The revelation suggests that United States authorities are optimistic about getting the Wikileaks founder, now holed up in the Ecuadorean embassy in London, into an American court.
The Department of Justice investigation into Julian Assange dates back to 2010, when WikiLeaks was publishing video evidence of the extrajudicial killings of Iraqi citizens and two Reuters reporters by USA troops provided by whistleblower Chelsea Manning.
Assange's name appeared at least twice in papers filed in the Eastern District Court of Virginia, both times appearing to say that Assange has already been made the subject of his own case.
U.S. officials had no comment on the disclosure and it is unclear what charges Assange faces.
Prosecutors have obtained a sealed indictment against Assange, something that emerged in a Thursday filing in an unrelated criminal case in a Virginia federal court.
The document said charges "would need to remain sealed until Assange is arrested. and can therefore no longer evade or avoid arrest and extradition".
The charges were inadvertently revealed in a court filing which had recently been unsealed, according to The Washington Post.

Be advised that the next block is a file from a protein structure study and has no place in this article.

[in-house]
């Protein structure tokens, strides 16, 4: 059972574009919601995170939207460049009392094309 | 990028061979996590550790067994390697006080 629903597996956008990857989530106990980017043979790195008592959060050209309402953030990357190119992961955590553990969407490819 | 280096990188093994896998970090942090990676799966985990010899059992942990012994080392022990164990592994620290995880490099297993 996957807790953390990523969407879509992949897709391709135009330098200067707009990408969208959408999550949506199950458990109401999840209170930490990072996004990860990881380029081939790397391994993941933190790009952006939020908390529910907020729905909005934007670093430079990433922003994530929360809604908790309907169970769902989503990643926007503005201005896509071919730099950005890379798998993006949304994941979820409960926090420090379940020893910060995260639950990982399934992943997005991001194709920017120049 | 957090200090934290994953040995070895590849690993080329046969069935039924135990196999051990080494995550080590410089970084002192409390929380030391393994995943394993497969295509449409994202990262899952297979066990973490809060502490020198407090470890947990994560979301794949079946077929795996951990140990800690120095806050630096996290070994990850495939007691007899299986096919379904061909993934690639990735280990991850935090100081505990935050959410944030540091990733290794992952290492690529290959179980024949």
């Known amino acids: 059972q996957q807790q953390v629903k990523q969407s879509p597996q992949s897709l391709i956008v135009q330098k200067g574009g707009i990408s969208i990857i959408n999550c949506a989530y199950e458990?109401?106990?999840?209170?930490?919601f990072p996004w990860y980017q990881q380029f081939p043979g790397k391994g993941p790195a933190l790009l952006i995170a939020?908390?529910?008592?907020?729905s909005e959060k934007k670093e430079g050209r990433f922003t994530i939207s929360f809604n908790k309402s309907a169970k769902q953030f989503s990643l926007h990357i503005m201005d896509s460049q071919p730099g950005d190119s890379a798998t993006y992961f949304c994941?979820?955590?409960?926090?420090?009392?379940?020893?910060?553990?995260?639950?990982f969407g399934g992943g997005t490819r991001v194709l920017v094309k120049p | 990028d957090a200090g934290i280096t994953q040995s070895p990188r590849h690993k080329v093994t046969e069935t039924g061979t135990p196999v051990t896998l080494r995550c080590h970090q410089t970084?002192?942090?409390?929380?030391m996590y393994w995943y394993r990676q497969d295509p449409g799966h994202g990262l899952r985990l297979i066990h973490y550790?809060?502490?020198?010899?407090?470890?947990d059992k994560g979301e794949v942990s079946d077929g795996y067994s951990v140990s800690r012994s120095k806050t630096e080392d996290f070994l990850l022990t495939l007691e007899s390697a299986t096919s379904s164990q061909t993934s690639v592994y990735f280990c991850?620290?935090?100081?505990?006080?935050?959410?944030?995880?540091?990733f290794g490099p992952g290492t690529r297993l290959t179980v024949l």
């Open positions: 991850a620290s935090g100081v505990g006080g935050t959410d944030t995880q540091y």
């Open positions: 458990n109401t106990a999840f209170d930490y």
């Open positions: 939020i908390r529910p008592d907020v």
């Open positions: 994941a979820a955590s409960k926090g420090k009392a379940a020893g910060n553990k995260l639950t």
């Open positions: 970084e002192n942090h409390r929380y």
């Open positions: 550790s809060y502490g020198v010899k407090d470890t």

WikiLeaks tweeted it was an "apparent cut-and-paste error".
Federal prosecutors have been investigating Assange over WikiLeaks' 2010 publication of a trove of USA diplomatic cables that proved an acute embarrassment to Washington.
Unfortunately Julian Assange was named in a sexual assault case and fearing prosecution he had to seek asylum from Ecuador.
A person familiar with the matter, speaking on condition of anonymity because the case had not been made public, confirmed that charges had been filed under seal.
Joshua Stueve, a spokesman for the USA attorney's office in the Eastern District of Virginia, said in a statement that the filing was made erroneously. Dwyer is also probing WikiLeaks.
Assange's lawyer in the USA told the Times the charges were "troubling". However, there is a remarkable irony in the fact that Assange's attorney is now complaining it was "irresponsible" for federal prosecutors "to put in a public filing information that clearly was not intended for the public and without any notice". The charges were dropped later and Sweden even took back the European arrest warrant, but he is still liable for prosecution in the United Kingdom for breaching his bail conditions. At the time, under then-Attorney General Eric Holder, the Justice Department was considering charges related to a violation of the Espionage Act.
One of Assange's lawyers told The Guardian newspaper that the suggestion his client had been charged with a crime was troubling.
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